Caval Anatomy: Variants and Lesions

  • Key Points

  • Contrast-enhanced CT scanning is well suited to imaging congenital anatomic variants of the cavae as well as caval pathologies, including caval thrombi, tumors, obstructions, and occlusions.

  • Congenital variants of the cava are not uncommon and may be complex.

The cavae are large vessels with near-vertical orientation, which makes them particularly accessible for assessment by all manner of contrast-enhanced CT examinations, such as axial source imaging, as well as sagittal and coronal projections.

In addition to being diseased, both the superior (SVC) and inferior (IVC) venae cavae have congenital variants that are regularly encountered and that have clinical relevance. Familiarity with the congenital variants of IVC is important so as not to misinterpret them as adenopathy or other structures on cross-sectional imaging, particularly when the degree of venous opacification is poor. Venous anomalies often are dilated and may be tortuous, increasing the risk of surgical injury and bleeding. Preoperative identification of anomalies allows for better surgical planning and may avoid potentially disastrous errors.

Anatomy Of the Superior Vena Cava

The SVC (or precava) returns deoxygenated blood from the upper half of the body to the right atrium. Its proximal aspect is the union of the left and right brachiocephalic veins; its distal aspect is the union with the superomedial aspect of the right atrium ( Fig. 29-1 ).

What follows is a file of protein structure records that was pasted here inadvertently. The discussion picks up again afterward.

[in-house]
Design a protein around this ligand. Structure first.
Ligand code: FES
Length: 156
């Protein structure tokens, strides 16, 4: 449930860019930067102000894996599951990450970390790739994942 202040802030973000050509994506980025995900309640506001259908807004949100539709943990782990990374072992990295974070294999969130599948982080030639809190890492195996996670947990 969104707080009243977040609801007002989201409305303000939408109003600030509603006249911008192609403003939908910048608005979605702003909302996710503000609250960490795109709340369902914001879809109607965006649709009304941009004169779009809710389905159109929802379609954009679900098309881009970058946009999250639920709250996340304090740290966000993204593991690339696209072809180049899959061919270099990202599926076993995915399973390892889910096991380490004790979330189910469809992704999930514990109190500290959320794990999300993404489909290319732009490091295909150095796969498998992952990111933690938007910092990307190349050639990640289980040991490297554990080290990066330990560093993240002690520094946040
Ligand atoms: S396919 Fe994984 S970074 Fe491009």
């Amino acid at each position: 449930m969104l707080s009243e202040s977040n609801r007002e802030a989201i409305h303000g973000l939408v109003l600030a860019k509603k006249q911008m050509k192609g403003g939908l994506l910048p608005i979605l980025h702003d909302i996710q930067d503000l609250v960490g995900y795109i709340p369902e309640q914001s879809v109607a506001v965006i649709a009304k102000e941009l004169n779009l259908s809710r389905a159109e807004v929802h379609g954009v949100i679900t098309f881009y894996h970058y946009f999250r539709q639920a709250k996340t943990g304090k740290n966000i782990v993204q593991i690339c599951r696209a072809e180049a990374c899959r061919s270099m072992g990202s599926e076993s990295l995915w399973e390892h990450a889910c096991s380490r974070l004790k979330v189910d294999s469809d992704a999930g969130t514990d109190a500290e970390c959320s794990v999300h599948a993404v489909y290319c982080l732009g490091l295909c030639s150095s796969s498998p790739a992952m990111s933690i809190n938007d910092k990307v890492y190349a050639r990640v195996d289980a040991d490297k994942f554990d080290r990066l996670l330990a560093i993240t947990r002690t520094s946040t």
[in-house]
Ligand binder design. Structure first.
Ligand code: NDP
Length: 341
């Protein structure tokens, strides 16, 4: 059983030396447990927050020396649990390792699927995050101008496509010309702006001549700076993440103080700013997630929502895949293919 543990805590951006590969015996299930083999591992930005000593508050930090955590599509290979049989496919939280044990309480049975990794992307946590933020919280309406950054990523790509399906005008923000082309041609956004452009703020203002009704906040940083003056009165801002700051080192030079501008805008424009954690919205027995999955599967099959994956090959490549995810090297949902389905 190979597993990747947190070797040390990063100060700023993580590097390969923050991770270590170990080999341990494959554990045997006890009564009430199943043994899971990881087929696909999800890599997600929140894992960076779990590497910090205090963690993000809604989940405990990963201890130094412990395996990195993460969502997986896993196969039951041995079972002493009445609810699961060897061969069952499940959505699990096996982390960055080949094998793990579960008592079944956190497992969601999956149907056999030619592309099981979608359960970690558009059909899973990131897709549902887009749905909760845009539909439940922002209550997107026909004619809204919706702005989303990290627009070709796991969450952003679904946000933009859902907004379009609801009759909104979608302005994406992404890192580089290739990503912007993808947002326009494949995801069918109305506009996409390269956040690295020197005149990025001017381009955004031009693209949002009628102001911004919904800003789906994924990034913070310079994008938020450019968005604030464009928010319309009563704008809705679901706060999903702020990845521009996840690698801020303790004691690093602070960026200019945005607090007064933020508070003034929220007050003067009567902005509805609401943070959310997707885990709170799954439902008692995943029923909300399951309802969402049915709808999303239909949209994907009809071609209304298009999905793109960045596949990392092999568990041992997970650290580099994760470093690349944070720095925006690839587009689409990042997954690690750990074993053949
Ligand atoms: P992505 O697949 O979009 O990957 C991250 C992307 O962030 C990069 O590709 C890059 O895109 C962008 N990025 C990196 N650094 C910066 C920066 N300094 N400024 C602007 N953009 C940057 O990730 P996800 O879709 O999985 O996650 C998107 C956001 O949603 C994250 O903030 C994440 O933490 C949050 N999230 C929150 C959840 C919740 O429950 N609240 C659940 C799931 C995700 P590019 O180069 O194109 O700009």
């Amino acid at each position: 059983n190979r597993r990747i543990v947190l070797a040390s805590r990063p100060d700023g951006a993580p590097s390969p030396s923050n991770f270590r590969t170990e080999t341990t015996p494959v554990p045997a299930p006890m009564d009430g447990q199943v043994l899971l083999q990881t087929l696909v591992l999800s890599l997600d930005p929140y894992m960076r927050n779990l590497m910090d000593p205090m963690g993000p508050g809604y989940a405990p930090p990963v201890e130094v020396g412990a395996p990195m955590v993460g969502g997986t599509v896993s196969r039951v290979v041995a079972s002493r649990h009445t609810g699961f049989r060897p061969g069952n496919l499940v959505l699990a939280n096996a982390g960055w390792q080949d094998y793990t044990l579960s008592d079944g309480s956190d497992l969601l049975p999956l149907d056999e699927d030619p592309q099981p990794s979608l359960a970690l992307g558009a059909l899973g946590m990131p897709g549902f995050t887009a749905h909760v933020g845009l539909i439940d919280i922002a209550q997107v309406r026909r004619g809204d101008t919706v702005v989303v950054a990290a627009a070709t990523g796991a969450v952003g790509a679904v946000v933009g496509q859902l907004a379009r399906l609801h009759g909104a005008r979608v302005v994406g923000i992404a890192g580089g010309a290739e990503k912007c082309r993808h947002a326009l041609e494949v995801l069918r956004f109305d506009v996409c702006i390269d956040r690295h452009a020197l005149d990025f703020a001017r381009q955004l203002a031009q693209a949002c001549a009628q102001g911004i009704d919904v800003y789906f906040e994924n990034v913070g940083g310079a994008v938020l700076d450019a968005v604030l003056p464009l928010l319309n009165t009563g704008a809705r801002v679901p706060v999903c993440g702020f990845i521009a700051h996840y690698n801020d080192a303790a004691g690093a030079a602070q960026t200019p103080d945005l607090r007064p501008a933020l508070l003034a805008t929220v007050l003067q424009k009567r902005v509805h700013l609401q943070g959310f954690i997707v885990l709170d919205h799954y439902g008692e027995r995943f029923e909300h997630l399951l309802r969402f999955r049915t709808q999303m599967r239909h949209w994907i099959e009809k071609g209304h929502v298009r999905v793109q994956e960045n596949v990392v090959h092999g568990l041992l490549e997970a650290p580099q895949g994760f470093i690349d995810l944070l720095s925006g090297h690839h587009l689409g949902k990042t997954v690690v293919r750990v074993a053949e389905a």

Figure 29-1

Caval anatomy. IVC, inferior vena cava.

Branches and Tributaries of the Superior Vena Cava

  • Left brachiocephalic (innominate) vein

    • Left subclavian vein

    • Left internal jugular vein

    • Left superior intercostal vein

  • Right brachiocephalic (innominate) vein

    • Right subclavian vein

    • Right internal jugular vein

  • Azygos vein

    • Hemiazygos vein

    • Accessory hemiazygos vein

Congenital Variants

Persistent Left Superior Vena Cava

See Figures 29-2 through 29-6 ;

  • Incidence:

    • Isolated: 0.3% to 0.5%

    • Presence of congenital heart disease: 3% to 10%

  • Results from failure of involution of the left cardinal vein

  • The right SVC is absent in 30% of cases.

  • The left SVC usually drains into the coronary sinus, which is dilated. Rarely, the left SVC may drain into the left atrium.

  • Clinical relevance:

    • Association with congenital heart disease

    • May confer difficulty in catheterizing the right heart, in placement of pacemakers or implantable cardioverter defibrillators

    • Alters the technique of placing the heart on bypass

Figure 29-2